The other day, I heard someone say that this Council, in six months, has made more progress on making changes that will create or allow more affordable housing to be built in Austin than we saw in the previous decade or so. A big part of the reason we’ve been stagnant in the past is because Austin’s policymakers have taken an all-or-nothing approach to enacting land-use changes. As a result, we got nothing.
In the Austin Chronicle’s new Best of Austin poll, one constituent who voted for me as Best City Official offered what I assume is a compliment: “Love him or hate him, he's gettin' (stuff) done.” I’d argue that our City Council is gettin’ (stuff) done on housing now because we all understand that doing nothing is no longer an option and we haven’t fallen into the trap of making things an all-or-nothing proposition.
Instead, the Council has started targeting some of the thorny land-use code provisions that have been obstacles to building more housing and addressing them, specifically, those include:
Creating tools for greater density along transit corridors, known as Equitable Transit-Oriented Development.
It’s important to note that these Council resolutions are the beginning of the policy discussion, not the end. The Council gives policy direction to the City Manager and staff to develop an ordinance and then bring it back to the Council for adoption. That process allows for plenty more opportunity for folks to weigh in.
Prioritizing public property to build deeply affordable housing.
Addressing our compatibility standards to allow for denser development closer to residential neighborhoods. The current standard is 540 feet, while the resolution adopted calls for 100 feet.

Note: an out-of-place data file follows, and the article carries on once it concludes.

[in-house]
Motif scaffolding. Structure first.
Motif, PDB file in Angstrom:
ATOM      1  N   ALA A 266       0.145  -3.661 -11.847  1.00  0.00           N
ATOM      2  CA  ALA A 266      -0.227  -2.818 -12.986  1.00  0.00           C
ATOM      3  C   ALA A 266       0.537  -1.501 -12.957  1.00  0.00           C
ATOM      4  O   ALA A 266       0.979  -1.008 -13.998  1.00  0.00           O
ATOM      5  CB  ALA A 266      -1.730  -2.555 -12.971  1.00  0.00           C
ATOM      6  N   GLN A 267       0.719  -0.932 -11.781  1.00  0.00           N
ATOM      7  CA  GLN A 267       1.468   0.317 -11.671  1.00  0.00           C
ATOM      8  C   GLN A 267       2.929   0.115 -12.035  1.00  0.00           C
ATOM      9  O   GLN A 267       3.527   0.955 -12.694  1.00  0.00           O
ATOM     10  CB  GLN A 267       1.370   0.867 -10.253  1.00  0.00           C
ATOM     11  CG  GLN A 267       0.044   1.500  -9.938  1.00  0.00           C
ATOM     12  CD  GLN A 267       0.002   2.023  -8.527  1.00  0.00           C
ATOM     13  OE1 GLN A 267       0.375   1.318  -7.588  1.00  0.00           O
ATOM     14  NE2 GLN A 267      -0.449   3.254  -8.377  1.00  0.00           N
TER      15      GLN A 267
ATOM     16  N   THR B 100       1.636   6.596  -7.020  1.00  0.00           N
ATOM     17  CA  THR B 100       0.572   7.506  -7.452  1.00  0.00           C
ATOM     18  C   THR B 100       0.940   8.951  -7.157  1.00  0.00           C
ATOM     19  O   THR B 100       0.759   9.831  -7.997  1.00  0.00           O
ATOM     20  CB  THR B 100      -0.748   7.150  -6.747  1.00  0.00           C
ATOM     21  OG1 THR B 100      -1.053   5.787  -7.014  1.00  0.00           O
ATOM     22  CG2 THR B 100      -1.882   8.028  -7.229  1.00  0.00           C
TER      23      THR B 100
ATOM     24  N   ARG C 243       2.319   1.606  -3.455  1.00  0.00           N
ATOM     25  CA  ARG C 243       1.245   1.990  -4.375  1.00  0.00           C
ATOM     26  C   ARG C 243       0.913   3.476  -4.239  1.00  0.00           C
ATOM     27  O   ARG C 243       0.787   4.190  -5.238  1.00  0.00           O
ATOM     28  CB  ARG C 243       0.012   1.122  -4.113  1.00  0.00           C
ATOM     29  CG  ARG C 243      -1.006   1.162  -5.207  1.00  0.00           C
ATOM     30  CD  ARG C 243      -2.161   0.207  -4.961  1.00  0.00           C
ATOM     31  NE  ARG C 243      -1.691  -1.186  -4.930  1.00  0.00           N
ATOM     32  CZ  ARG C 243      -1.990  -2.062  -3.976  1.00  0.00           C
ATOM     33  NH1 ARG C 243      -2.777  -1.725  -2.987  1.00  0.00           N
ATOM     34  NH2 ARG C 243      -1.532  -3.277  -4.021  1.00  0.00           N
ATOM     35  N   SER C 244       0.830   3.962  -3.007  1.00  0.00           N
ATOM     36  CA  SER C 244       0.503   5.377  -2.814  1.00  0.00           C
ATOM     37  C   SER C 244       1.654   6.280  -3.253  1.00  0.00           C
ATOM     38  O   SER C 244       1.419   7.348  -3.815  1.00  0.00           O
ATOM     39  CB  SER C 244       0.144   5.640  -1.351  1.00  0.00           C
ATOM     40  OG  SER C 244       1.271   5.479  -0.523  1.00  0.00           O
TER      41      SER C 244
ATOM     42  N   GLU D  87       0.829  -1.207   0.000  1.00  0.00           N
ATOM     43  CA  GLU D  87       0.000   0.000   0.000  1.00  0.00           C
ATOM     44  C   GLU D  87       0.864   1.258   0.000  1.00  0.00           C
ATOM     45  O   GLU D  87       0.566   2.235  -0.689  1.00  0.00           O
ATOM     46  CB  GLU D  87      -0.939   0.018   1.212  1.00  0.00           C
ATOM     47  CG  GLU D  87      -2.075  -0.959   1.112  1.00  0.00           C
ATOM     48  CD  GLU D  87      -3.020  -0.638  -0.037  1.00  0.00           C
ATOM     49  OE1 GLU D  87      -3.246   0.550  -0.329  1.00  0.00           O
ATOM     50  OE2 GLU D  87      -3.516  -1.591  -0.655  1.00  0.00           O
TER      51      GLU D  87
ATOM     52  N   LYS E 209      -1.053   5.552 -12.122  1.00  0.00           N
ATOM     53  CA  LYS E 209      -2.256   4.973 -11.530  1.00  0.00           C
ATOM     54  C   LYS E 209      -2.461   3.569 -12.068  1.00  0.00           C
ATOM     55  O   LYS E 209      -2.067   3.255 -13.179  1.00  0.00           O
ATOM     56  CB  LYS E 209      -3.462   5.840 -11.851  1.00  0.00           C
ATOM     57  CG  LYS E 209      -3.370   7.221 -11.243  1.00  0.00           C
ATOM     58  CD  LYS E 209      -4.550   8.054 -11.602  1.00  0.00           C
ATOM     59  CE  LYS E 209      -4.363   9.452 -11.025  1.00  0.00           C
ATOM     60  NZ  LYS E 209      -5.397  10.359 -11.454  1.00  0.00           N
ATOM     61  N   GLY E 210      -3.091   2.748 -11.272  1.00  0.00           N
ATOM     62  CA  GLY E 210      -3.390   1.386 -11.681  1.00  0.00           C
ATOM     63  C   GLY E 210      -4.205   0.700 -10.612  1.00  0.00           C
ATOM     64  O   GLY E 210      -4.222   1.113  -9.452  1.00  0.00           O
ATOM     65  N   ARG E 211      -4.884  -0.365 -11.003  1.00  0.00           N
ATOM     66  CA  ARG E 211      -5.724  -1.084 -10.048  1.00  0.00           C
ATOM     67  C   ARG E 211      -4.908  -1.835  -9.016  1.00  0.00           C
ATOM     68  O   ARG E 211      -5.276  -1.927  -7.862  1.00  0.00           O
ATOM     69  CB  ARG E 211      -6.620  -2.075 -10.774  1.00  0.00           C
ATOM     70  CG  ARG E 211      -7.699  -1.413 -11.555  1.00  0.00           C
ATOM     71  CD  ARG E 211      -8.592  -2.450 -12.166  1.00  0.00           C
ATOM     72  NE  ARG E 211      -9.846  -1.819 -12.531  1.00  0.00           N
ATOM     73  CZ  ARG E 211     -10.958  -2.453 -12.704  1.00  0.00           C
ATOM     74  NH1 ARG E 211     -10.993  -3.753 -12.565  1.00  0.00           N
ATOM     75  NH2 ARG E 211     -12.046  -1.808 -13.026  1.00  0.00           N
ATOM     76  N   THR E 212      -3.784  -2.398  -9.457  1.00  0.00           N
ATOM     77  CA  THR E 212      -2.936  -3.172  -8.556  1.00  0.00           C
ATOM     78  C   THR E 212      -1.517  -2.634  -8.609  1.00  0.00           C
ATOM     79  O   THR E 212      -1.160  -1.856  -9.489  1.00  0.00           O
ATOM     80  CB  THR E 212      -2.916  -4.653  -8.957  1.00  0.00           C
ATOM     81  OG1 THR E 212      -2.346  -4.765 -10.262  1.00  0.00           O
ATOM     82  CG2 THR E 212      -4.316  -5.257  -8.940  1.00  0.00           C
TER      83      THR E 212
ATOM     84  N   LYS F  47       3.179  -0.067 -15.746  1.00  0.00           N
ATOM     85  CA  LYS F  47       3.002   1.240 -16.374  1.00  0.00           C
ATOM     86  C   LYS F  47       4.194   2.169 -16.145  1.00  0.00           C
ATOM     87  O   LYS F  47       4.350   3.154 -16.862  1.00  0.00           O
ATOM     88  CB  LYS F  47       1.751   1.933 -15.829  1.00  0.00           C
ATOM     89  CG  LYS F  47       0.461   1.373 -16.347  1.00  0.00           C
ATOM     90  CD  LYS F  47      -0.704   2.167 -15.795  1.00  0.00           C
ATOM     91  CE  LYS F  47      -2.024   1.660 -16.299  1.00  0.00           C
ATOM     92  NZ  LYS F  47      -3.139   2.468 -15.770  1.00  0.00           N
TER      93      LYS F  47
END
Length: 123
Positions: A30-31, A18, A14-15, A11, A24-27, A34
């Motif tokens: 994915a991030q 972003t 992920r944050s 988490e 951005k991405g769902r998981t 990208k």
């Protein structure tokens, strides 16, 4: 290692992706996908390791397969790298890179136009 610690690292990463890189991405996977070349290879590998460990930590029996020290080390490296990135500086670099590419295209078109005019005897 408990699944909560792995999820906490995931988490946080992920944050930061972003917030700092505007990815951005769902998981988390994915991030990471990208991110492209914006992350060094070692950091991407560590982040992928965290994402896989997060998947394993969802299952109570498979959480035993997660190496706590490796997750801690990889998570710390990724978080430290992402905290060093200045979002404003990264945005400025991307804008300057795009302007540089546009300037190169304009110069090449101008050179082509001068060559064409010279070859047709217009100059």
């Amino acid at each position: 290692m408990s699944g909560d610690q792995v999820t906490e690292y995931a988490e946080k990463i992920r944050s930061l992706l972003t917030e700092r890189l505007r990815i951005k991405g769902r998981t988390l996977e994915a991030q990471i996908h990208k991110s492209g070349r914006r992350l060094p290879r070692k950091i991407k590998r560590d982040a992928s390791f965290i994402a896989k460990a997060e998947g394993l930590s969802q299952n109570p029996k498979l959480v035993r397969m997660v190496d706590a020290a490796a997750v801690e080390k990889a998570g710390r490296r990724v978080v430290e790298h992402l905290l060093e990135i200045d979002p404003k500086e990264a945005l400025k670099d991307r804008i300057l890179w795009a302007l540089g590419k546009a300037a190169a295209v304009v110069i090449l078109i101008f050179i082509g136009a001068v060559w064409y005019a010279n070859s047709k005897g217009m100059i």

Addressing our Affordability Unlocked development program to encourage market-rate housing density without taxpayer-funded subsidies while also working to create a new bonus program that focuses on affordable home ownership in our city.
Making it easier and cheaper to build on small lots and we should anticipate policy that will be coming forward soon with proposals to reduce our minimum lot sizes and ease the process for building Accessory Dwelling Units.
Addressing the city’s parking minimum requirements so that they don’t unduly hamper affordable building.
- Watson Wire: Stabilizing City Government
The Austin City Council is officially on a “budget break,” meaning there won’t be a council meeting again until July 20. The break from council meetings gives city staff some much-needed time and space to prepare the proposed budget and make headway on some other key policy priorities.
When I was running to be the mayor again, I pointed out how we ask a lot of city staff, and having the right people in the right places is essential to our city running well. I said that we needed to shake up city hall and be sure the place was organized to deliver the services of city government well. Shortly after taking office, during the February ice storm and power outage, it became painfully clear to me that we did not have the right people in the right places to manage a cascading crisis and communicate effectively with the public.
On Feb. 15, the City Council parted ways with our previous City Manager and lured former City Manager Jesús Garza out of retirement to serve as the interim. The Council directive to Jesús was to stabilize our city government and get those basic operations of the city running well. We asked him to fix the problems of the past so that our next permanent City Manager can focus on moving the city forward.
Jesús and his team of temporary leaders brought decades of city management experience to the enormous task of evaluating how all our departments work together to serve the people of Austin. What they found was that the departments often weren’t working together and the organization was not set up to succeed.
So he has made a number of positive management changes, including some that directly relate to the winter storm response: